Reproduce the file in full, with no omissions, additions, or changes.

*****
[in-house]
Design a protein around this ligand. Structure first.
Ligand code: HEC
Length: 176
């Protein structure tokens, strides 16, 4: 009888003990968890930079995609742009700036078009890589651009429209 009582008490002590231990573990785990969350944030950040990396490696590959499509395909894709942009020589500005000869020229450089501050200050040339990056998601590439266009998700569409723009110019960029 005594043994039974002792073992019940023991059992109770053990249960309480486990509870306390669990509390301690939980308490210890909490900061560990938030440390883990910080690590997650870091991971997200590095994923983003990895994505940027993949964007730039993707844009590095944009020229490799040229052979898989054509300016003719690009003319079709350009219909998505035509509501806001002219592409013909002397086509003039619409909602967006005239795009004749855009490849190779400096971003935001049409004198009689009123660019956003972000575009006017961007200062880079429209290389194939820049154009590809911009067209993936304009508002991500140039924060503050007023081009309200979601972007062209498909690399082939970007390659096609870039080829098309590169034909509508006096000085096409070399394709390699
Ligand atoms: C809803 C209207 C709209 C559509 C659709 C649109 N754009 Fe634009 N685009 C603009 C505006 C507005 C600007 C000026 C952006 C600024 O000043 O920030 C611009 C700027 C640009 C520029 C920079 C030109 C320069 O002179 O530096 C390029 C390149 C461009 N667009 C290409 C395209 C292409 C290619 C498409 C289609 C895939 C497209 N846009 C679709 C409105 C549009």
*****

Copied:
[in-house]
Design a protein around this ligand. Structure first.
Ligand code: HEC
Length: 176
């Protein structure tokens, strides 16, 4: 009888003990968890930079995609742009700036078009890589651009429209 009582008490002590231990573990785990969350944030950040990396490696590959499509395909894709942009020589500005000869020229450089501050200050040339990056998601590439266009998700569409723009110019960029 005594043994039974002792073992019940023991059992109770053990249960309480486990509870306390669990509390301690939980308490210890909490900061560990938030440390883990910080690590997650870091991971997200590095994923983003990895994505940027993949964007730039993707844009590095944009020229490799040229052979898989054509300016003719690009003319079709350009219909998505035509509501806001002219592409013909002397086509003039619409909602967006005239795009004749855009490849190779400096971003935001049409004198009689009123660019956003972000575009006017961007200062880079429209290389194939820049154009590809911009067209993936304009508002991500140039924060503050007023081009309200979601972007062209498909690399082939970007390659096609870039080829098309590169034909509508006096000085096409070399394709390699
Ligand atoms: C809803 C209207 C709209 C559509 C659709 C649109 N754009 Fe634009 N685009 C603009 C505006 C507005 C600007 C000026 C952006 C600024 O000043 O920030 C611009 C700027 C640009 C520029 C920079 C030109 C320069 O002179 O530096 C390029 C390149 C461009 N667009 C290409 C395209 C292409 C290619 C498409 C289609 C895939 C497209 N846009 C679709 C409105 C549009």